Why disability needs more social visibility

According to the Population and Housing Census 2020, there are 7,168,000 disabled or mentally ill people in Mexico or 5.7% of the population. 24% of them are not enrolled in social security.

Why disability needs more social visibility
There has to be more of a focus on the needs of people with disabilities. Photo by Annie Spratt on Unsplash

In Mexico, there are about 7,168,000 people with disabilities or some mental problem, representing 5.7 percent of the national population; 24 percent of them are not affiliated with social security institutions, according to the Population and Housing Census 2020. The World Health Organization notes that globally people have less access to healthcare services, so on numerous occasions, their needs go unmet.

Disabled people need more visibility

"It is important to consider this population because we have a relatively large percentage in our country." Disability can be congenital or acquired, but in both people require a lot of attention," says Jesús Barrera Reséndiz, academic of the Bachelor's Degree in Physiotherapy at the Escuela Nacional de Estudios Superiores (ENES) Unidad León.

The National Institute of Statistics and Geography reported that by 2020, 3.2 million elderly people, 2.2 million adults, 869 thousand young people, and 899 thousand children would have this condition. Given this, the doctor in behavioral sciences emphasizes that the first step to addressing disability is prevention. For example, congenital disabilities are monitored during pregnancy to minimize risk factors.

Those acquired by accidents that cause spinal cord injuries, cranioencephalic trauma, or vascular-cerebral events related to cardiac conditions can also be prevented.

Some of the problems faced by people with disabilities detected by the 2020 Census are: two million (939 thousand) have difficulties walking, climbing, or descending; two million (691 thousand) have problems seeing even when wearing glasses; one million (590 thousand) have some mental problem or condition; and one million (168 thousand) have difficulties to bathe, dress, or eat, among others.

"Once an event occurs that affects mobility, sensory, or cognitive issues, it is important to attend to it immediately." In this sense, ENES León trains responsible, capable professionals with broad criteria to help this population. In addition, it offers them the possibility of receiving care in a professional, scientific, and accessible environment, as a way of giving back to Mexican society," remarked Barrera Reséndiz.

The WHO points out that the number of people with disabilities is increasing due to the growing prevalence of chronic illnesses and the aging of the population. This poses human rights problems because people with disabilities are often subjected to violence, mistreatment, prejudice, and disrespectful attitudes, among other things.

Professional and scientific care

ENES Leon has a "Physiotherapy Clinic", run by academics and students of the Physiotherapy degree program. With the geriatric population, preventive work is done for different aspects, for example, to avoid or improve their cardiovascular conditions.

In the case of congenital disabilities, there are strategies for the prevention of sequelae, such as the PUMAS program, which treats newborns with risk factors up to children with sequelae of cerebral palsy.

TRI-21 is another program focused on children and young people with Down syndrome that provides them with multidisciplinary treatment: physical rehabilitation, dental services, and support from the Visual Diagnosis Unit. The physiotherapy, dentistry, and optometry departments participate. Patients receive an initial assessment to detect their needs and provide follow-up.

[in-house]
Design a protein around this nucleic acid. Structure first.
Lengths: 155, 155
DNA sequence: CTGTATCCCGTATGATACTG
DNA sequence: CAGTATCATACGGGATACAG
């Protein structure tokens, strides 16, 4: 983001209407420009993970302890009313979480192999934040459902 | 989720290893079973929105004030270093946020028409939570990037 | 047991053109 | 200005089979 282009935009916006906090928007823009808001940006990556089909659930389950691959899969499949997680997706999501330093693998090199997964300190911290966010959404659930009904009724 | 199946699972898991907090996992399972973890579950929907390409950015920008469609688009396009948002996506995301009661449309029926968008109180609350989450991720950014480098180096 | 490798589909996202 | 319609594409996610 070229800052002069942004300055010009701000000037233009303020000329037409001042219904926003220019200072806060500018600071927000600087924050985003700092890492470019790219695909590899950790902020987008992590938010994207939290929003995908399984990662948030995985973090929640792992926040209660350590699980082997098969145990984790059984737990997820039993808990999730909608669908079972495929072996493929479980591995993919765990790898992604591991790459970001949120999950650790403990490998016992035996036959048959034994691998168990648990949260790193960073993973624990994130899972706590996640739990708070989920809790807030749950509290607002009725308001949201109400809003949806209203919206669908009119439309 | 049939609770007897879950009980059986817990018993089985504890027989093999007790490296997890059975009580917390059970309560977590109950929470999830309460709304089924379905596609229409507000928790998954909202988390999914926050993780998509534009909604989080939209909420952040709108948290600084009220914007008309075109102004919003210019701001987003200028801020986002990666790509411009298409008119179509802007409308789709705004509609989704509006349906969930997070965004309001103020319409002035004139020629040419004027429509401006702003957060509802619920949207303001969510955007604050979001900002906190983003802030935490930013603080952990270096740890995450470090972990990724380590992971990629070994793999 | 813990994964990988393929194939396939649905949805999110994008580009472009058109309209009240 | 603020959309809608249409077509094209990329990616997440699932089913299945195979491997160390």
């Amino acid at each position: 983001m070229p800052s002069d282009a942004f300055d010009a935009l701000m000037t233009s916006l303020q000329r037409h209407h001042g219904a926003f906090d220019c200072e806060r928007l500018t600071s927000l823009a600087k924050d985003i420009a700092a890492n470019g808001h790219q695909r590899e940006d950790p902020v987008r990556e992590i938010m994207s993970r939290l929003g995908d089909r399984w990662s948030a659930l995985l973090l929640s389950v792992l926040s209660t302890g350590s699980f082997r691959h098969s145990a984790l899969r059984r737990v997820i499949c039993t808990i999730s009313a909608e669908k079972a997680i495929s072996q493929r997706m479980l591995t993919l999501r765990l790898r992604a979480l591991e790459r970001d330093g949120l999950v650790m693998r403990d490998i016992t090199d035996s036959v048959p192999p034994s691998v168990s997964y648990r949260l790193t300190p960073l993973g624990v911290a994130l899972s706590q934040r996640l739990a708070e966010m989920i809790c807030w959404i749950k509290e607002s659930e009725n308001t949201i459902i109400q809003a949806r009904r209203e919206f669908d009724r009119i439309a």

"Many of the alterations we find have to do with decreased muscle tone, and we work to prevent sequelae in postural and functional issues such as gait, posture, and jumping alterations," says the ENES León academic.

This program is five years old, and although they receive patients mainly from the central zone of the country, they have also attended to children and young people from more distant entities such as Chihuahua.

Barrera Reséndiz refers to the fact that the person in charge of the program, Cristina Carrillo, implemented telerehabilitation to follow up on the patients during their confinement during COVID-19, and it has also been a way to make it grow.

"The patients are consulted remotely, and periodically they are scheduled at the ENES for evaluations." Because of the pandemic, this mechanism was established, and corrections were made according to what was observed in the videos sent by the parents.

"It is also important to point out that this initiative was successful, in part, due to the willingness and responsibility of the parents, who, via video calls, WhatsApp, Zoom, and Instagram, depending on the tools they had, followed up on the treatment," he emphasizes.

With the return to face-to-face activities, services increased as more and more associations that serve people with Down syndrome approached the program for support. In addition, the program has expanded and now includes young people from 21 to 25 years of age.

The academic Jesús Barrera Reséndiz emphasizes that there is nothing more precious than health, so at ENES León they work to prevent any type of disability-related alteration.

He considers that on the International Day of Persons with Disabilities it is also required that society reflects on the fact that this population needs support and they can be helped by respecting parking spaces and areas intended for them; avoid blocking wheelchair accesses, among other actions.

"That is the importance of having a special day for these people so that the message of their needs permeates society and we are aware that they are important and need our attention," he asserts.